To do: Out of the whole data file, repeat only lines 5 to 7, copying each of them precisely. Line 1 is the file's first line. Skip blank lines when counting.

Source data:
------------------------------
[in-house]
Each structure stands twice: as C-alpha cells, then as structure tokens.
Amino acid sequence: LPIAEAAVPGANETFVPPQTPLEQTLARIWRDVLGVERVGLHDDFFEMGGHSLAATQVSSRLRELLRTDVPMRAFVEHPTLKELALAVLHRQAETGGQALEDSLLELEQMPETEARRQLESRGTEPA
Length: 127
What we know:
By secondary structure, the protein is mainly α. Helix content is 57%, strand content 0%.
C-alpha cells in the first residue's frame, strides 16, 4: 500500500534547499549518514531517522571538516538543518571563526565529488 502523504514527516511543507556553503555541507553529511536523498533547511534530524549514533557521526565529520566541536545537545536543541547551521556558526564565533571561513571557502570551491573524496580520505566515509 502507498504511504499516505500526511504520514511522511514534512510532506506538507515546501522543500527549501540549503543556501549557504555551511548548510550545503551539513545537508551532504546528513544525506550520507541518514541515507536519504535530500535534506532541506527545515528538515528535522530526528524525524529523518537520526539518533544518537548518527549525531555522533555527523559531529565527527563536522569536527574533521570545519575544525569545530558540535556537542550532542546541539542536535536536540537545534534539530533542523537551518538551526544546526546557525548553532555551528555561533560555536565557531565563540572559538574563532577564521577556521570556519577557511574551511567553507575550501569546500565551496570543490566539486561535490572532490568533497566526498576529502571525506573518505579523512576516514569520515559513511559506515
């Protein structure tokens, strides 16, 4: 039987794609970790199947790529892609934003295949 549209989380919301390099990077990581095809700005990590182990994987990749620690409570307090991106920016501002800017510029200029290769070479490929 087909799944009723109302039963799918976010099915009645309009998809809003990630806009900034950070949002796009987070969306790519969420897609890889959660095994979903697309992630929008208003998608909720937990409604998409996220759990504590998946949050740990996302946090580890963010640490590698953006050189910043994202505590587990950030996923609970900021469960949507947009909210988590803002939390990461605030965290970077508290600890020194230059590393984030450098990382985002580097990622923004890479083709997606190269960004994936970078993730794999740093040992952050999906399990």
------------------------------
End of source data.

What we know:
By secondary structure, the protein is mainly α. Helix content is 57%, strand content 0%.
C-alpha cells in the first residue's frame, strides 16, 4: 500500500534547499549518514531517522571538516538543518571563526565529488 502523504514527516511543507556553503555541507553529511536523498533547511534530524549514533557521526565529520566541536545537545536543541547551521556558526564565533571561513571557502570551491573524496580520505566515509 502507498504511504499516505500526511504520514511522511514534512510532506506538507515546501522543500527549501540549503543556501549557504555551511548548510550545503551539513545537508551532504546528513544525506550520507541518514541515507536519504535530500535534506532541506527545515528538515528535522530526528524525524529523518537520526539518533544518537548518527549525531555522533555527523559531529565527527563536522569536527574533521570545519575544525569545530558540535556537542550532542546541539542536535536536540537545534534539530533542523537551518538551526544546526546557525548553532555551528555561533560555536565557531565563540572559538574563532577564521577556521570556519577557511574551511567553507575550501569546500565551496570543490566539486561535490572532490568533497566526498576529502571525506573518505579523512576516514569520515559513511559506515